Tran­scen­den­tal med­i­ta­tion.

GQ (Australia) - - CONTENTS - DAN ROOK­WOOD

A FEW MONTHS AGO, MY WIFE, SAM, AND I HAD DIN­NER WITH SOME OLD BONDI FRIENDS, LUKE AND VIKKI.

We hadn’t seen them in 18 months and had a lot to catch up on. In that time they’d be­come en­gaged, eloped, sold their house and car, moved coun­tries, se­cured new jobs and bought a new house. And Luke, in par­tic­u­lar, was in great nick. Mainly (I say this with love) be­cause he used to look rough. ‘I’ve man­aged to con­trol my in­som­nia,’ he said, to which I en­quired about his se­cret – not ac­tu­ally ex­pect­ing there to be one. They looked at each other, then at us, smiled be­at­ifcally and said in cho­rus: ‘tran­scen­den­tal med­i­ta­tion’.

How I laughed. Luke is one of the big­gest, most­ma­cho, least-en­light­ened blokes I know. His nick­name is Dog, he drives a souped-up WRX and spends 90 per cent of his wak­ing mo­ments (and I’d wa­ger a sim­i­lar pro­por­tion when sleep­ing) scratch­ing his gen­i­talia. The thought of Dog, of all peo­ple, sat cross-legged and chant­ing a mantra in a state of bliss­ful seren­ity was lu­di­crous. It still is. But they weren’t jok­ing. Changed their lives, they said. Best thing they’ve ever done.

I like to think I’m a pretty lib­eral guy. But tran­scen­den­tal med­i­ta­tion? Se­ri­ously, Wt-ac­tual-f? I’d never given the idea a sec­ond’s thought. Yet now I did think about it, words like hippy-dippy, cultish and bull­shit sprang to mind, in that or­der.

Over the next few days I couldn’t stop think­ing about it. Luke and Viks did seem re­ally happy and chilled, and they’d got their lives im­pres­sively sorted. In the same time­frame Sam and I had done, well, not very much. Then I started to think about how tired and stressed out and ir­ri­ta­ble I am – which doesn’t al­ways make me a great guy to be around. My mind pin­balls with anx­i­ety and I don’t fnd it easy to power down. I’ll be doz­ing off and then sud­denly my heart will leap and the lights of my brain will switch on and I’ll re­mem­ber an email I didn’t re­ply to or a call I didn’t re­turn.

So, to cut a short story even shorter, Sam and I ended up go­ing along to our near­est tran­scen­den­tal med­i­ta­tion cen­tre for an in­tro­duc­tory talk, cast over with a sus­pi­cious eye.

TM, as devo­tees call it, is hav­ing its 15 min­utes of fame. Or rather, 20 min­utes. Born out of the free­think­ing 1960s counter-cul­tural ob­ses­sion with all things yo­gic, TM pro­motes 20 min­utes of non­re­li­gious med­i­ta­tion, twice a day, as a way of cop­ing with the stresses, strains and gen­eral en­nui of mod­ern life. In re­cent years it has, like yoga, been re­framed as a prac­ti­cal life­style choice rather than the pre­serve of joss stick-burn­ing soap dodgers – openly touted as the panacea for to­day’s spir­i­tu­ally-bereft gen­er­a­tion. From crap­pi­ness to hap­pi­ness.

Jerry Se­in­feld likens TM to a phone charger for the mind and body, while Rus­sell Brand la­bels it a “shower for your brain”. Which some­one with a mind as dirty as his could cer­tainly use. Clint East­wood, Martin Scors­ese, Oprah Win­frey, Ellen Degeneres and Hugh Jack­man are all prac­ti­tion­ers while pom­padoured flm di­rec­tor David Lynch runs a foundation with the aim of bring­ing TM to the main­stream. None of th­ese peo­ple seem crazed to me (OK, apart from Brand).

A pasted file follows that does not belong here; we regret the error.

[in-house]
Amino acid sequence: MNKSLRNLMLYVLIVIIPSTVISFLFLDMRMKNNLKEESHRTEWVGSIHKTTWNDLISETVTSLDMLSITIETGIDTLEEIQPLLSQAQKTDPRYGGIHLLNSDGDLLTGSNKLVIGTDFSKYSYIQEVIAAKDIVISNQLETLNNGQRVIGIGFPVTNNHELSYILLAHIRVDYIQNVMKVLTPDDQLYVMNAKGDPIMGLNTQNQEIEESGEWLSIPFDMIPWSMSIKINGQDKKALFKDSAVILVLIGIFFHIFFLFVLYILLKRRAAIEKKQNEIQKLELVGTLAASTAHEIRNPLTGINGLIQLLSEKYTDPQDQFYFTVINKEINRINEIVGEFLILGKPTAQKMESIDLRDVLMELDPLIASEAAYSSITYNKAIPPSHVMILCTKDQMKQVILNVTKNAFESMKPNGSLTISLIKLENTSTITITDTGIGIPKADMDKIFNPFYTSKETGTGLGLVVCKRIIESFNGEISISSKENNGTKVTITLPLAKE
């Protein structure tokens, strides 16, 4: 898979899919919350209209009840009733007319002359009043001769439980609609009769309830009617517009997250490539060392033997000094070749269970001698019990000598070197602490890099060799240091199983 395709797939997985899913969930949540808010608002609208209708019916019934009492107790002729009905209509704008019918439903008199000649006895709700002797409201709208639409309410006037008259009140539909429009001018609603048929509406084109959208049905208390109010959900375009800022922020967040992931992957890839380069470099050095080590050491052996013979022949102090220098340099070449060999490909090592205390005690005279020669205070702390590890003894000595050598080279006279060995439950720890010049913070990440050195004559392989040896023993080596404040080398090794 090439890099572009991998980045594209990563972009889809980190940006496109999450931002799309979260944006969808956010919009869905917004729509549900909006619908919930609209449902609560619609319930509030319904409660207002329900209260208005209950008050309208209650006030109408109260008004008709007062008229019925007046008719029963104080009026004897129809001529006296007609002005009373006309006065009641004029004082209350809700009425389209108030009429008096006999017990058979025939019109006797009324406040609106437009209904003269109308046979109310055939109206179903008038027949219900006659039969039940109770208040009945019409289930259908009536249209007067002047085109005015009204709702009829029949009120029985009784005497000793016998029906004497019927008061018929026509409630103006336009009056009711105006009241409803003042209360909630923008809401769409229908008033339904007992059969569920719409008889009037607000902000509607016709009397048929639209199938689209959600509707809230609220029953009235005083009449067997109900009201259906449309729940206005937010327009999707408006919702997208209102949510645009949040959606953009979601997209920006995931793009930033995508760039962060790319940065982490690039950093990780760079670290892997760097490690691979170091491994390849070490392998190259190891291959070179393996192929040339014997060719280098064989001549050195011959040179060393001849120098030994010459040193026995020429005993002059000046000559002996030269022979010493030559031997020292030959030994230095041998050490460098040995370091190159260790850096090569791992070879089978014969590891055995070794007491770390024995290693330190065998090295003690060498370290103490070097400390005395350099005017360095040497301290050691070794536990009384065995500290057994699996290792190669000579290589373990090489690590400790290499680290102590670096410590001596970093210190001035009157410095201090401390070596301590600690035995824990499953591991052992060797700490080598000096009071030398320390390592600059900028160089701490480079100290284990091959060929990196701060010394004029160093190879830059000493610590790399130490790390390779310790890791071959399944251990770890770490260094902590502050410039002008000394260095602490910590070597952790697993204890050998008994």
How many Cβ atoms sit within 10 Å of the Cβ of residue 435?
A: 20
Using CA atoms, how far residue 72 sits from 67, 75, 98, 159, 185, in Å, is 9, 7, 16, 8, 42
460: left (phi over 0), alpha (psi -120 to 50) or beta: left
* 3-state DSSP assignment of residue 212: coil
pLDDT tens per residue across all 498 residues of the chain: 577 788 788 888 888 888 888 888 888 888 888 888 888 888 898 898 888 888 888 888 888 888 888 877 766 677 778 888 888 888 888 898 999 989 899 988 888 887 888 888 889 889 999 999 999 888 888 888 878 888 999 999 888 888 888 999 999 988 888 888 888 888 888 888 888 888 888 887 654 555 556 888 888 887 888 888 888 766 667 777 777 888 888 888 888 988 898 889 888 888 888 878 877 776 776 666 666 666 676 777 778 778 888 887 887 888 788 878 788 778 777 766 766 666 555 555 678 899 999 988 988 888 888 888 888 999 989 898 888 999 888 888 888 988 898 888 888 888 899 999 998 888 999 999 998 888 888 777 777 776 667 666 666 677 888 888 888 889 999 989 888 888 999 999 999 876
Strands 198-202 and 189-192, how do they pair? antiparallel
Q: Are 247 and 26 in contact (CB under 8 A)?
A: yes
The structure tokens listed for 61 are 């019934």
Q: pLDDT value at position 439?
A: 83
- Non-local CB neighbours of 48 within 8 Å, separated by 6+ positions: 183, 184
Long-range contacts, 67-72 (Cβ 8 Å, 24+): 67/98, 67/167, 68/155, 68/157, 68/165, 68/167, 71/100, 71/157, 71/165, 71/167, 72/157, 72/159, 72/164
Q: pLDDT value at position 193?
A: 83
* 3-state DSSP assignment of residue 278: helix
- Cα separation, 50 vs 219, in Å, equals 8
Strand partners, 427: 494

But does it work for non-celebri­ties? I was scep­ti­cal. Es­pe­cially when I found out about the $2000 sign-up fee for in­struc­tion and a life­time mem­ber­ship. TM is like learn­ing any­thing – from Pi­lates, to Span­ish to the gui­tar – you could teach your­self, though you’d end up do­ing it wrong. Best, then, to seek ex­pert tu­ition.

I spent more time think­ing about it. Lately I feel like I’ve been sink­ing into the quick­sand of mount­ing re­spon­si­bil­ity, sucked down by a bleep­ing, buzzing, blur­ring bom­bard­ment of screens and mes­sages and lights and noise from all an­gles. Maybe TM could help me learn to switch off, to take a much-needed break. And it didn’t seem like hard work. Other forms of med­i­ta­tion re­quire greater com­mit­ment, but TM is sim­ple to learn and easy to prac­tise. It’s sup­posed to be ef­fort­less – that’s the great­est at­trac­tion. You don’t have to be­lieve in any­thing. There’s no phi­los­o­phy, no de­ity. No meet­ings, no fur­ther mem­ber­ship dues, no tithing, no cultish leader. So, I gave it a go.

The ba­sic premise is 20 min­utes of quiet time twice daily, eyes closed, re­peat­ing a mantra – a mean­ing­less word/sound you say over and over in your head so your mind’s cleared of con­scious thought, al­low­ing you to re­lax. Your mantra’s cho­sen for you and is meant to be kept se­cret (mine sounds like ‘chor­rang’, but isn’t ‘chor­rang’ so I haven’t given the game away).

I’ve now been do­ing TM for three months and the big­gest chal­lenge is mak­ing the time and qui­eten­ing my mind. Of­ten it’s a wrestling match be­tween con­scious thoughts and the mantra. Some­times I fall asleep. I of­ten fall into that dream-like state just be­fore sleep. And oc­ca­sion­ally I have Eureka mo­ments where a great idea pops up and I want to write it down be­fore I for­get.

The ques­tion ev­ery­one asks is, ‘Does it work?’ To which the hon­est an­swer is, I think so. I al­most al­ways feel bet­ter af­ter – less tired, less fraz­zled. I’m more cre­ative, more pro­duc­tive, less of a dick. Plus Sam and I have made some big life de­ci­sions the past three months (which will be the sub­ject of fu­ture col­umns).

There are all sorts of stud­ies to sug­gest that TM has mul­ti­ple phys­i­cal and men­tal health benefts. But if noth­ing else, it feels good to spend 20 min­utes com­pletely un­plugged, giv­ing your busy brain a rest. In to­day’s hec­tic life, that is a true lux­ury.

Now, shut your eyes and count to Zen.

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